CS 3891: Special Topics – Computing and the Environment

Instructor: Doug Fisher (
Class Time: Tuesdays, Thursdays 9:35 AM – 10:50 AM
Class Room: University Club 117
Instructor Office Hours: 12:00 pm – 1:00 pm Monday – Thursday ( ) or by appointment
Textbook: None
Prerequisites: CS 3251

The course will cover computing topics broadly and the sustainability challenges to which they apply. There will be weekly readings, which we’ll discuss on the discussion forum and in class. In-class lecture and discussion will often go more deeply into computing concepts, methods, and tools that are relevant to the week, as well as more deeply and more broadly into sustainability topics beyond the week’s reading. In the first part of the semester there are weekly exercises, generally due by Thursday class. There are weekly quizzes (generally in Thursday classes) on the reading for the week, and the quiz will cover and exercises, and the discussion in-class and online as well.

In the latter part of the semester students will work on a project that allows them to delve more deeply into an application of computing to sustainability. Group projects will be specified, designed, and implemented by each group of three students. Some class sessions will be dedicated to intermediate and final student presentations.


  • Weekly Exercises 25%
  • Weekly Quizzes: 35%
  • Group Projects: 40%
    • (including all deliverables, including presentations):
  • Extra Credit Opportunities:
    • Wikipedia contributions: Up to 5% extra credit for coordinated contributions to the Computational Sustainability Wikipedia site — details to follow
    • Discussion Forum Participation: Up to 5% extra credit if you make substantive and helpful contributions in the Discussion Forums throughout the semester. You won’t receive feedback on this until you see your grade at the end of the semester (I’ve done post-by-post feedback/grading previously and as a rule that seems to yield posting for the sake of points rather than for the sake of helping others and getting intellectual feedback). Note that the Piazza discussion forum is set up so that you can post anonymously to other students, but you will be known to me and the TA.
    • Attendance: Attendance is taken on Top Hat. There are 26 regularly scheduled class meetings during the semester, but I won’t count the first class meeting among the “required”. Attendance is based on missing X class meetings from the 25 meetings that I am counting. If X=0 , then attendance counts 0%. There is no penalty for missing <= 4 classes, and the weight allotted to attendance increases in increments of 5% for every four classes missed, though not exceeding a weight of 20%. The weights of other components of the final grade will be adjusted proportionally to insure a final collective weight of 100%.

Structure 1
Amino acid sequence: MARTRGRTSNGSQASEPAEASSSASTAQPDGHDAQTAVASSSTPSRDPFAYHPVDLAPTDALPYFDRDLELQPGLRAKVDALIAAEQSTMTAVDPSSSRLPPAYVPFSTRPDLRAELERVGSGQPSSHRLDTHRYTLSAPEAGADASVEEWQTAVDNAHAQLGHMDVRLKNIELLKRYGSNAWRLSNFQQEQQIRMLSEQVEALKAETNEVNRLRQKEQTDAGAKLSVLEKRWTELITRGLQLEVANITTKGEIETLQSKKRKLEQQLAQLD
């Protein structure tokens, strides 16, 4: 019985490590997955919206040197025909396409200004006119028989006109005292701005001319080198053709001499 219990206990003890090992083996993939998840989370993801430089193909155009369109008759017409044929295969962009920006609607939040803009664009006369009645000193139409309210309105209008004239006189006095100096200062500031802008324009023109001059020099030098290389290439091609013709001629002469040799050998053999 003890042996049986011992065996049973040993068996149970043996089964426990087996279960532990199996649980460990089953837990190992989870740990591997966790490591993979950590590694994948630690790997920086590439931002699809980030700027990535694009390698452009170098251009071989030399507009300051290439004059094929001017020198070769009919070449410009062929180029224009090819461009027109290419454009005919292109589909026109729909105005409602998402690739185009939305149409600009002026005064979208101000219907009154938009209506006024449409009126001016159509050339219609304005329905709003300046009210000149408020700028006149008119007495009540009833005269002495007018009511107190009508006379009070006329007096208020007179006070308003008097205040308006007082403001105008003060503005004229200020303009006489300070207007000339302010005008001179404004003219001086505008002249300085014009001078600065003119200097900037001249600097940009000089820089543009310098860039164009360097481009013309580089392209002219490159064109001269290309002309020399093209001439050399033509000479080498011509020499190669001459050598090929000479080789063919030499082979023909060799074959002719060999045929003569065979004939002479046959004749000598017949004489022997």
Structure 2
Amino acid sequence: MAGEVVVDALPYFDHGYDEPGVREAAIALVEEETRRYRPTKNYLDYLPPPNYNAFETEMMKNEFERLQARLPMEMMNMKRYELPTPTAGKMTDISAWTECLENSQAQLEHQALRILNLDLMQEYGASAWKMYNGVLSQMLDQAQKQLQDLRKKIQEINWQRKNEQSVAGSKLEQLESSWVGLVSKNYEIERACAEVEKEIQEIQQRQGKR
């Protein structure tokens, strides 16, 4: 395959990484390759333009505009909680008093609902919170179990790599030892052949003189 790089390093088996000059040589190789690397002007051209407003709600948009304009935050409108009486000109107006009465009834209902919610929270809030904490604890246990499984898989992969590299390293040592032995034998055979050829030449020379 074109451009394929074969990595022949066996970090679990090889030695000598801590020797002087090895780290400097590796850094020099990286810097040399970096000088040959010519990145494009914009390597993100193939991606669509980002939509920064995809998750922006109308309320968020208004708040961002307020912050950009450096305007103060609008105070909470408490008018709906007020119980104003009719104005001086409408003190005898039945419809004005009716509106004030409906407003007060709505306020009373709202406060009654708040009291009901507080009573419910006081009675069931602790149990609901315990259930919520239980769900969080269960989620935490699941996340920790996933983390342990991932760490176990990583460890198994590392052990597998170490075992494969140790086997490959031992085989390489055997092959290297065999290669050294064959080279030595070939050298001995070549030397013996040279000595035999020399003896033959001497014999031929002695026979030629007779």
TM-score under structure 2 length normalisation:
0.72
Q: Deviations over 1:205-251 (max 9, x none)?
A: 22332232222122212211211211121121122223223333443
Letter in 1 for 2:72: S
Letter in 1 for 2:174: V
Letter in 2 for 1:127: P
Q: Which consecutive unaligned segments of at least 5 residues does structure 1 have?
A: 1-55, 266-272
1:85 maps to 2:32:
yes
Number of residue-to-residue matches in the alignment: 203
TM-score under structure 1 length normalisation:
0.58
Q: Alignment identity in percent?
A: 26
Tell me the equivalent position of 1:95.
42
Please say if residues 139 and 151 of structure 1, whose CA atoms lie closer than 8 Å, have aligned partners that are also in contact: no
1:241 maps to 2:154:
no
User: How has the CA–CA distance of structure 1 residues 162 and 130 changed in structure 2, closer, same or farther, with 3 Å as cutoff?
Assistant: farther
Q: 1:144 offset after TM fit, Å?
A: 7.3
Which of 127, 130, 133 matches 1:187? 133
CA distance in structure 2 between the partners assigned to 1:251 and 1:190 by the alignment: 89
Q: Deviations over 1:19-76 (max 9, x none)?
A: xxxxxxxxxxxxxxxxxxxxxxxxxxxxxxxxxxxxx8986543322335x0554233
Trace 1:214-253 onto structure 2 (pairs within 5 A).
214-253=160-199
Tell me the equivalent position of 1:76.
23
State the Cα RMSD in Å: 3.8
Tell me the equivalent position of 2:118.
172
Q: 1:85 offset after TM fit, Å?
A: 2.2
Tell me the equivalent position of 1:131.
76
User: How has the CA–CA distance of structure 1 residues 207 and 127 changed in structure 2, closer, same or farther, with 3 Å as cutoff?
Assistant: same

• 0% if X <= 4 classes
      • 5% if 3 < X <= 8 classes
      • 10% if 6 < X <= 12 classes
      • 15%  if 9 < X <= 16 classes
      • 20% if 12 < X <= 20 classes

Letter grades will be assigned using conventional ranges:

  • [92.0, 100] A
  • [90.0, 92) A-
  • [87.0, 90) B+
  • [82.0, 87) B
  • [80.0, 82) B-
  • [77.0, 80) C+
  • [72.0, 77) C
  • [70.0, 72) C-
  • [67.0, 70) D+
  • [62.0, 67) D
  • [60.0, 62) D-
  • [0, 60) F

There is no rounding up. There is no “curve” — thus no hidden disincentive to share. A+ is possible, if allowed in the school of the student.


Vanderbilt has no stated guideline (that I can find) on the amount you work per credit hour, but other universities state an expectation of an average of 3 hours per credit hour per week. You can search for it yourself on the Web, but this passes my sanity check (a 20 credit hour semester would have you working 60 hours per week on classes if every class were exactly at “expectation”, and a 15 credit hour semester would have you working about 45 hours per week on classes). For a 3 credit course like this course, that is approximately 9 hours of work per week, including class time (or 6.5 hours outside of class per week, distributed as shown in the parenthetical statements below).